This week, the newly private Tripos launched its first software package following its acquisition by Vector Capital in mid-March, while its publicly traded counterpart faces delisting from the Nasdaq Stock Market, which deemed the firm a “public shell” on Wednesday.
The existence of two entities operating under the same name has led to some confusion in the marketplace, according to Jim Hopkins, CEO of the privately held discovery informatics, which has taken to calling itself the “New Tripos.”
Some of the confusion could be resolved on June 28, when the “old” Tripos — just the former CEO, John McAllister — has a hearing with Nasdaq to discuss a continued listing. The company said this week that it is currently pursuing the option of listings its stock on the OTC Bulletin Board, and if this is not possible, on the Pink Sheets.
Hopkins told BioInform this week that the Nasdaq meeting has nothing to do with the “new” Tripos, but in a world where image is sometimes everything, that remains to be seen. He did concede that currently, there is ambiguity in the market as the two companies continue to use the same name.
Hopkins — appointed by San Francisco’s Vector after a long history of swooping in to salvage companies — reiterated his previous claim that the St. Louis-based discovery informatics business is on target for profitability within the year. [BioInform 03-30-07].
As a privately held firm, the “new” Tripos no longer has to disclose its revenues, but the publicly traded former company this week filed its quarterly financial statement with the US Securities and Exchange Commission for the three-month period ended March 30, which revealed that discovery informatics revenues fell 15 percent compared to the prior-year period, to $5.6 million from $6.6 million.
Net loss from continuing operations, meanwhile, widened to $2.6 million from $1.4 million in the comparable period of 2006.
The company’s bottom line should see a boost from its new status as a privately held firm, however.
“I think, in general, the renewed focus of the company is [to go after] what its core business is, and not have to incur the costs of being a public company,” Hopkins said.
He added that no single issue differentiates the “new” Tripos, which he said has been “streamlined” to go after its core markets more directly.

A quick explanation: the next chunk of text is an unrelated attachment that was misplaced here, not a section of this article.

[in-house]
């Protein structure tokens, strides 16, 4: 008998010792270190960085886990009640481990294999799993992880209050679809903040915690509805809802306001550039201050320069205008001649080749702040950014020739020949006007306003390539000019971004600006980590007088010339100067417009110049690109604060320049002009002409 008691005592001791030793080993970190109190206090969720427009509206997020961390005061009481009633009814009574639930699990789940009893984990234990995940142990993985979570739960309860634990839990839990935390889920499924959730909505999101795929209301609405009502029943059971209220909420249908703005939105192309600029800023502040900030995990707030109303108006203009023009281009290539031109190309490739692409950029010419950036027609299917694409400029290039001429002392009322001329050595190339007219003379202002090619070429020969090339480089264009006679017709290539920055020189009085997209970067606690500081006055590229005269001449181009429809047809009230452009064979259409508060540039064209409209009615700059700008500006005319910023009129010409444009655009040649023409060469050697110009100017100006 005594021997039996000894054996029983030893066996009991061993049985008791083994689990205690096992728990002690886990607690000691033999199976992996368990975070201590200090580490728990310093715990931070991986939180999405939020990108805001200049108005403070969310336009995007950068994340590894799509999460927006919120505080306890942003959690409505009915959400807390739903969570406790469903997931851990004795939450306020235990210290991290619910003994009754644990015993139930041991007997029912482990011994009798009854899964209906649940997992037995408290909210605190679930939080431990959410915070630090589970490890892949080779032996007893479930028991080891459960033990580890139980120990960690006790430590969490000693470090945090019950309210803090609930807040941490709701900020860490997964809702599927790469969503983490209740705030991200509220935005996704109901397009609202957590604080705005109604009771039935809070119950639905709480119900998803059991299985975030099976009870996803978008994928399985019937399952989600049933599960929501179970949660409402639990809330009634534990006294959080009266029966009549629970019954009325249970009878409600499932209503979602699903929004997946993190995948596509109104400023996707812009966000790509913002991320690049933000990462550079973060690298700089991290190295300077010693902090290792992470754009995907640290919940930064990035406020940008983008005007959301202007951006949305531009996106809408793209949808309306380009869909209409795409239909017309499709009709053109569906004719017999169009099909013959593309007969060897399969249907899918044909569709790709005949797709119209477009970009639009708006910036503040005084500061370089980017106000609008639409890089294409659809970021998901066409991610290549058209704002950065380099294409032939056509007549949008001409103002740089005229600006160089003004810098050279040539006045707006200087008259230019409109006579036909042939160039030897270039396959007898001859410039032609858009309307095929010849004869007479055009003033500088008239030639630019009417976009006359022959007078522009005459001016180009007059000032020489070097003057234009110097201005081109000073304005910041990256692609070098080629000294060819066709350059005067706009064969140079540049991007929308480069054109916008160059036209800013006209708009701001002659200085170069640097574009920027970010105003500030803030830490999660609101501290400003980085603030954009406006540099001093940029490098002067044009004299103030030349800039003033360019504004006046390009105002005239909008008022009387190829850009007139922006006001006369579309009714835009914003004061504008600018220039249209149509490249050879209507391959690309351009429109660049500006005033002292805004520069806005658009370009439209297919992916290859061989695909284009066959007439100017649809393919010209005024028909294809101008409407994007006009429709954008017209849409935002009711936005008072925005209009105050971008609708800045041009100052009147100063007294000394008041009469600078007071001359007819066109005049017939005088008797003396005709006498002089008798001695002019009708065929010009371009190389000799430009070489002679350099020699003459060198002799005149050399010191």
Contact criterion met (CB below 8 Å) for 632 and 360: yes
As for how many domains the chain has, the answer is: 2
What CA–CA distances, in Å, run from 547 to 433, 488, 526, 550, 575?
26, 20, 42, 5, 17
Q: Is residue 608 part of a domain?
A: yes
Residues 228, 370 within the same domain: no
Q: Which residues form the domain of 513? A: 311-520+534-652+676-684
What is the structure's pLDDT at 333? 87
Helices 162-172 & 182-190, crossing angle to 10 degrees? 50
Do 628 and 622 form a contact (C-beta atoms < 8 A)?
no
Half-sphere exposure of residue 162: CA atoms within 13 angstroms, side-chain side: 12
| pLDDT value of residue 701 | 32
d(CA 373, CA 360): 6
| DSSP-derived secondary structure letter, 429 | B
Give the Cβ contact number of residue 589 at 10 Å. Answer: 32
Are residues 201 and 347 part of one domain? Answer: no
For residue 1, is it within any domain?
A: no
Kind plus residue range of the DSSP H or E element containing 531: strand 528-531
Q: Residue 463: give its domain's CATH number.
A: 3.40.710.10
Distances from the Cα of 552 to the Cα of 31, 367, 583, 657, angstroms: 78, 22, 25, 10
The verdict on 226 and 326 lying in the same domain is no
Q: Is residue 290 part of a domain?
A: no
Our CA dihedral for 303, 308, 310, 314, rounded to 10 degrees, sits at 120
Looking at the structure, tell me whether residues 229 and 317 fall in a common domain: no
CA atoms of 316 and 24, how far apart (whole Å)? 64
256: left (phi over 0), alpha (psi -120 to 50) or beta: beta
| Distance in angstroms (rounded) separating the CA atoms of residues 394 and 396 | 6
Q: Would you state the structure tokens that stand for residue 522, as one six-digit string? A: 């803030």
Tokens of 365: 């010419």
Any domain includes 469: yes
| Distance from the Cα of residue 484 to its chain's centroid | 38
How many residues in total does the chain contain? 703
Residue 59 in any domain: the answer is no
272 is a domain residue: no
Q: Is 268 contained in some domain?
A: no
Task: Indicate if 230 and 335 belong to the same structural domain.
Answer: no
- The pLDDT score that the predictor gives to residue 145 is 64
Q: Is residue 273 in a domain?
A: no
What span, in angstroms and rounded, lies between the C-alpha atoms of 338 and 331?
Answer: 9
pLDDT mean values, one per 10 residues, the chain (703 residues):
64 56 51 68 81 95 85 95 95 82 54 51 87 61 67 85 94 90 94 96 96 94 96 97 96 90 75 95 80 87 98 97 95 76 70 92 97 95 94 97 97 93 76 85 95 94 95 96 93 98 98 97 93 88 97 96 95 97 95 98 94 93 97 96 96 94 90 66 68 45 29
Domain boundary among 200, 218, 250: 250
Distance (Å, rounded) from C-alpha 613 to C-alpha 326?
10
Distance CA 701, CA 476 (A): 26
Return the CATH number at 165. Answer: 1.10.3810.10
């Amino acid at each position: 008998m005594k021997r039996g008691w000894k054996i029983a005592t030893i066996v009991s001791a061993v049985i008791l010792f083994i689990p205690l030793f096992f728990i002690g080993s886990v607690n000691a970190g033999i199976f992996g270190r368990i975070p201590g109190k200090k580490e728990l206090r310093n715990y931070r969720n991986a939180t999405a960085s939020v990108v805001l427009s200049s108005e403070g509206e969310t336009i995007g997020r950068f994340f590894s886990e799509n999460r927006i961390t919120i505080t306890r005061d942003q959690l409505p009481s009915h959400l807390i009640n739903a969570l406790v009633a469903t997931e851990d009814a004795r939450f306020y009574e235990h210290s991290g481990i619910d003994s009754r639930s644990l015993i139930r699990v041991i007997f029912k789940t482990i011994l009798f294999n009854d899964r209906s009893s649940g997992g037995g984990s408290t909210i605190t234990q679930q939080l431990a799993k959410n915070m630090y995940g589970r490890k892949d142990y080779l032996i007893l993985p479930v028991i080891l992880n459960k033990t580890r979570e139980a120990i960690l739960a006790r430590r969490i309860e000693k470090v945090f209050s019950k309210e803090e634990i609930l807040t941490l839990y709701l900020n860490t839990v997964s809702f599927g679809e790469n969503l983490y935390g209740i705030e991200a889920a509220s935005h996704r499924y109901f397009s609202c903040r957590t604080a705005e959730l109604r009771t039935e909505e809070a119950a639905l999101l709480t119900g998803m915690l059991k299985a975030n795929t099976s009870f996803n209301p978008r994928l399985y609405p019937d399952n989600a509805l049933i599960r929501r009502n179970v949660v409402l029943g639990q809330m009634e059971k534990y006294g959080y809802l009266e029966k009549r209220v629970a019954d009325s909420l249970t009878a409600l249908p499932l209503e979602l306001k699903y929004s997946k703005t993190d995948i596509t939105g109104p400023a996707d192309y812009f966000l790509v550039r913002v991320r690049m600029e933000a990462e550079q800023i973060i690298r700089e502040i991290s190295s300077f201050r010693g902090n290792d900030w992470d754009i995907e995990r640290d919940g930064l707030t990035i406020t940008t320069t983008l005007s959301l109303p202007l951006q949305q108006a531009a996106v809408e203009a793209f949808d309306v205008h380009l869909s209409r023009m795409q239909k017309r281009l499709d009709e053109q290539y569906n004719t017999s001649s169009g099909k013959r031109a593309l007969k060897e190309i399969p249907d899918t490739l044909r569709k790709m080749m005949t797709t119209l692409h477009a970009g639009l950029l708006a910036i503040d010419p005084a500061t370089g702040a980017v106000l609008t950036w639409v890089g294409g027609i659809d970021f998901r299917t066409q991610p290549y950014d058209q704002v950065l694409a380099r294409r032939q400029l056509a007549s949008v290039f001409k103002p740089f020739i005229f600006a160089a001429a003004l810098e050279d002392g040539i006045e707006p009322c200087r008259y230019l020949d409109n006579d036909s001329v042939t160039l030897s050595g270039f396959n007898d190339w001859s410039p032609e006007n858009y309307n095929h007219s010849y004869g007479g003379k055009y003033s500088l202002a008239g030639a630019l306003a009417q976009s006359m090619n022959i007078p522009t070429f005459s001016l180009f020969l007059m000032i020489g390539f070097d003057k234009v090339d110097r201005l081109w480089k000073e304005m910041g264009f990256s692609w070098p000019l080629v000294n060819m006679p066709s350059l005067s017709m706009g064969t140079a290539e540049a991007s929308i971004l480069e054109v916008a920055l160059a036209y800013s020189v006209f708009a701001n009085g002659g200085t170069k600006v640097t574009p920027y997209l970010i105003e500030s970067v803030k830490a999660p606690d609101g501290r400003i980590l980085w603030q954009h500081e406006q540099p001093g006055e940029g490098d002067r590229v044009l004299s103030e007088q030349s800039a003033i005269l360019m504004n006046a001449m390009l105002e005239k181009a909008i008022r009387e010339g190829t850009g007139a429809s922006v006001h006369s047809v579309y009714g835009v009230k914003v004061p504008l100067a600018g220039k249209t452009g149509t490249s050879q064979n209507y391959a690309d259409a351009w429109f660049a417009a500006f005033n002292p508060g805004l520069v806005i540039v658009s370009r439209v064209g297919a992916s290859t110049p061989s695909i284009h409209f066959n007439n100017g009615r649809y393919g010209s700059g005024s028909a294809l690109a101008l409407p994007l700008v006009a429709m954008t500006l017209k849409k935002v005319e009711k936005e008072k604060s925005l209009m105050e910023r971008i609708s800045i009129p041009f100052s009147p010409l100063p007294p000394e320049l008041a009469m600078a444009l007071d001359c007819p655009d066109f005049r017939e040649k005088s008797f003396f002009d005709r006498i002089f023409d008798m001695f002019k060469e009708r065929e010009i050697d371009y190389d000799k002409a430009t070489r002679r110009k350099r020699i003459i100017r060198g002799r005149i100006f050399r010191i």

Hopkins told BioInform in March that the company had “a broader product line than they really need at this point in time,” and said that the firm would review its product portfolio.
“I think, in general, the renewed focus of the company is [to go after] what its core business is, and not have to incur the costs of being a public company.”
That evaluation process is still ongoing, according to company spokesperson Brian Moran, who wrote via e-mail that “the new Tripos will consistently review its product portfolio to ensure it is meeting customer needs, and will adjust product strategies if necessary.”
This week, the company released its first product since the Vector acquisition, its Chemistry Extensions V1.0 for KNIME (see Downloads and Upgrades), but Hopkins was fairly tight-lipped on future product development plans.
“There are things in development, but [there] is nothing I can talk about in public yet,” Hopkins said.
He said that the company’s “main focus” is to improve the usability of the flagship Sybyl product. “It hasn’t had in recent years a ‘major facelift’ in terms of changing the way workflows work, the way the user interacts with it,” he said, “so we are doing things to make it easier to work [for inexperienced users] and more convenient for experienced users, with enhanced usability.”
Additionally, Benchware Discovery 360, initially introduced last August, will be deployed live in November [BioInform 08-11-06].
Also, for the first time, Tripos’ customers will be able to buy online Benchware 3D Explorer, a product that Hopkins said has performed very well for the company.
Hopkins noted that “organizationally,” Tripos is still the same business. He said that he’s currently working with the firm’s European subsidiaries and was in Germany this week, “visiting customers.”
The trip could be evidence of how Tripos has metamorphosed after going private. “Since none of us have to pay any attention to supporting the public market, I’ve had the luxury of spending seven or eight days in Asia visiting customers, coming back, then visiting customers in Europe [for example],” Hopkins said.
“As CEO of a public company, I would have a hard a hard time staying away that long.”